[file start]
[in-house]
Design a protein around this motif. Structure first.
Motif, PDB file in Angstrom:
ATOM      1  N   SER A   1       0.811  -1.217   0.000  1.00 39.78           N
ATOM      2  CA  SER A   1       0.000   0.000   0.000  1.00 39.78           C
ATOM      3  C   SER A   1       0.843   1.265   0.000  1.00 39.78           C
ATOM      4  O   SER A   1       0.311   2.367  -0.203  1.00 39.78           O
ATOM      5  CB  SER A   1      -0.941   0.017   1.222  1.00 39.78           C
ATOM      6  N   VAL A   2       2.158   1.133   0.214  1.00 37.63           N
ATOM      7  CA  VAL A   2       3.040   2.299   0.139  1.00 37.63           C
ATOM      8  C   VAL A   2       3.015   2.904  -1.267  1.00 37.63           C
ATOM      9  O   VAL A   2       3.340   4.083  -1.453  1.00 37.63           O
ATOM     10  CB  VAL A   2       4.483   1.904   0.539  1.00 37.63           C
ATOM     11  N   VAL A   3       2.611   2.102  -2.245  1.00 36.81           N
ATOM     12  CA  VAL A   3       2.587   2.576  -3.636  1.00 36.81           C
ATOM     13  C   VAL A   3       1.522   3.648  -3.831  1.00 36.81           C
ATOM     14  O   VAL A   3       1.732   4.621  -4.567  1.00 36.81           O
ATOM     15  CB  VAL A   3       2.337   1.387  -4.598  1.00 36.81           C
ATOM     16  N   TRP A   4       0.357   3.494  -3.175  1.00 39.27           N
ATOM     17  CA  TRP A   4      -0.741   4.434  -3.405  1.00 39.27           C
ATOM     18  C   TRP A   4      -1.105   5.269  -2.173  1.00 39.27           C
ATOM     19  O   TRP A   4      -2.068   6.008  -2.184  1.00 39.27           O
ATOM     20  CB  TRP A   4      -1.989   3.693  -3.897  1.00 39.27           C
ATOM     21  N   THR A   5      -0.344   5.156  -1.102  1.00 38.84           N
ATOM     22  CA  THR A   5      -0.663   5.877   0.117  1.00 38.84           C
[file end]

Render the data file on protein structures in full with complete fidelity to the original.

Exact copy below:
[in-house]
Design a protein around this motif. Structure first.
Motif, PDB file in Angstrom:
ATOM      1  N   SER A   1       0.811  -1.217   0.000  1.00 39.78           N
ATOM      2  CA  SER A   1       0.000   0.000   0.000  1.00 39.78           C
ATOM      3  C   SER A   1       0.843   1.265   0.000  1.00 39.78           C
ATOM      4  O   SER A   1       0.311   2.367  -0.203  1.00 39.78           O
ATOM      5  CB  SER A   1      -0.941   0.017   1.222  1.00 39.78           C
ATOM      6  N   VAL A   2       2.158   1.133   0.214  1.00 37.63           N
ATOM      7  CA  VAL A   2       3.040   2.299   0.139  1.00 37.63           C
ATOM      8  C   VAL A   2       3.015   2.904  -1.267  1.00 37.63           C
ATOM      9  O   VAL A   2       3.340   4.083  -1.453  1.00 37.63           O
ATOM     10  CB  VAL A   2       4.483   1.904   0.539  1.00 37.63           C
ATOM     11  N   VAL A   3       2.611   2.102  -2.245  1.00 36.81           N
ATOM     12  CA  VAL A   3       2.587   2.576  -3.636  1.00 36.81           C
ATOM     13  C   VAL A   3       1.522   3.648  -3.831  1.00 36.81           C
ATOM     14  O   VAL A   3       1.732   4.621  -4.567  1.00 36.81           O
ATOM     15  CB  VAL A   3       2.337   1.387  -4.598  1.00 36.81           C
ATOM     16  N   TRP A   4       0.357   3.494  -3.175  1.00 39.27           N
ATOM     17  CA  TRP A   4      -0.741   4.434  -3.405  1.00 39.27           C
ATOM     18  C   TRP A   4      -1.105   5.269  -2.173  1.00 39.27           C
ATOM     19  O   TRP A   4      -2.068   6.008  -2.184  1.00 39.27           O
ATOM     20  CB  TRP A   4      -1.989   3.693  -3.897  1.00 39.27           C
ATOM     21  N   THR A   5      -0.344   5.156  -1.102  1.00 38.84           N
ATOM     22  CA  THR A   5      -0.663   5.877   0.117  1.00 38.84           C